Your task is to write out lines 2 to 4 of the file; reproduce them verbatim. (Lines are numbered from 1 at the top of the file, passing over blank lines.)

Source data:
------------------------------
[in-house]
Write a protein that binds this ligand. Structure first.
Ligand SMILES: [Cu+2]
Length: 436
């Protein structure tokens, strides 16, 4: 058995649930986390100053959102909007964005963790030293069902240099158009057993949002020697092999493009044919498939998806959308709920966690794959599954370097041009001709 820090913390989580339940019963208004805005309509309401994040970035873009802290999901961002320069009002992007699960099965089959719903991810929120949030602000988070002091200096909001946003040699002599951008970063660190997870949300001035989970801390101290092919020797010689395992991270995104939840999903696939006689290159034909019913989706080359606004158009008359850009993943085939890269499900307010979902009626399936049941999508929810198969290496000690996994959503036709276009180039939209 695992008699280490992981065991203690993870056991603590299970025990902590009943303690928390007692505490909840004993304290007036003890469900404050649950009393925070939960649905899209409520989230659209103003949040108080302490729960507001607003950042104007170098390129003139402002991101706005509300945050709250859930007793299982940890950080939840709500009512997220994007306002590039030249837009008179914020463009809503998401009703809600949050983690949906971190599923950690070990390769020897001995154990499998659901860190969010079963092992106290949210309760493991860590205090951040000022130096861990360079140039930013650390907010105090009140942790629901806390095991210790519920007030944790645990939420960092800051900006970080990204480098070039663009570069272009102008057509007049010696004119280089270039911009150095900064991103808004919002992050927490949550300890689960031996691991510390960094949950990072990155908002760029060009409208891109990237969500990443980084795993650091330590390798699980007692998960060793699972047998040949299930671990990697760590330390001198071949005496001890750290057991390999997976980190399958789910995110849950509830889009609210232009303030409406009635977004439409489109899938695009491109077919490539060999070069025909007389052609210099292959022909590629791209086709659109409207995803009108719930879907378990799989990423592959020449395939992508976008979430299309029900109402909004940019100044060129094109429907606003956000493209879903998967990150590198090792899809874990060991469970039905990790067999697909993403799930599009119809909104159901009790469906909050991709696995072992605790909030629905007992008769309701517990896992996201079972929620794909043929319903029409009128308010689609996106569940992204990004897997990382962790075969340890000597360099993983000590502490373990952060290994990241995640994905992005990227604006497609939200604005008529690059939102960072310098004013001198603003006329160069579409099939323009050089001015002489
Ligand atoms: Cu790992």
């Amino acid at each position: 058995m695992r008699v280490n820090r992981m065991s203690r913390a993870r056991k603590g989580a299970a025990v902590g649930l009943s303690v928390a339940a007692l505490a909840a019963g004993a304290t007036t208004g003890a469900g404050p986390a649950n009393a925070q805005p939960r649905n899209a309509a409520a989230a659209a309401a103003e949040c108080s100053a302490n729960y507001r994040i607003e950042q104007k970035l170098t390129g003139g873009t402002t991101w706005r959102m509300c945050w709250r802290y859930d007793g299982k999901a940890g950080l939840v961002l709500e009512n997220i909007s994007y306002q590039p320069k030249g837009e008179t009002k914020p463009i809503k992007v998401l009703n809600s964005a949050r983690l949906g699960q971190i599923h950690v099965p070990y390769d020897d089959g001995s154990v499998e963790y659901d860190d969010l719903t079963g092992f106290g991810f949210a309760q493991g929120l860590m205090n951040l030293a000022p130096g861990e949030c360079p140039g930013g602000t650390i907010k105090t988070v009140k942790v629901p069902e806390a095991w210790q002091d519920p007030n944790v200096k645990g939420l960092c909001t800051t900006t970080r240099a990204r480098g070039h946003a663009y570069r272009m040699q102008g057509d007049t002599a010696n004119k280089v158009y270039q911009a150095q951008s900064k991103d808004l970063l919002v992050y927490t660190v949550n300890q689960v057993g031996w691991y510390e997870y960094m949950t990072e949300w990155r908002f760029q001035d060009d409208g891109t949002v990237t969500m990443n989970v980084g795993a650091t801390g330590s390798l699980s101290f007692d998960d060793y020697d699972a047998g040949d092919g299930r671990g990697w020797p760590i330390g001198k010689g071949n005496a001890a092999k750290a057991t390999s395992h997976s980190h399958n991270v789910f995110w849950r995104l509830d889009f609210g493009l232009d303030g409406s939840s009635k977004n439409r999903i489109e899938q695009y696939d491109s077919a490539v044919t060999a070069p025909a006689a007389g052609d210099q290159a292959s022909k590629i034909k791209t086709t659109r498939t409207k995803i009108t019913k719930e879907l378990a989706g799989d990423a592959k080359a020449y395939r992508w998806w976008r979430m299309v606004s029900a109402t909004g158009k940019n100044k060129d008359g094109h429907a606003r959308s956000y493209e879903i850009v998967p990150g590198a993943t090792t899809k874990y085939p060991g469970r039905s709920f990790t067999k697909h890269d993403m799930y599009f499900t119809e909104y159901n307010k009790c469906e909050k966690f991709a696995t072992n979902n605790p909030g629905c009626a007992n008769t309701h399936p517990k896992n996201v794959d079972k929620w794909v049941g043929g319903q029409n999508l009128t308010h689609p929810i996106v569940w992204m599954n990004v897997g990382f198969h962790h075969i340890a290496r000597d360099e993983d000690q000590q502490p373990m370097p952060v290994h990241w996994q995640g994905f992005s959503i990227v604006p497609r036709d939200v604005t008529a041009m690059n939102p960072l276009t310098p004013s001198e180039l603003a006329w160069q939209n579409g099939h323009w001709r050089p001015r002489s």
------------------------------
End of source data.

Write a protein that binds this ligand. Structure first.
Ligand SMILES: [Cu+2]
Length: 436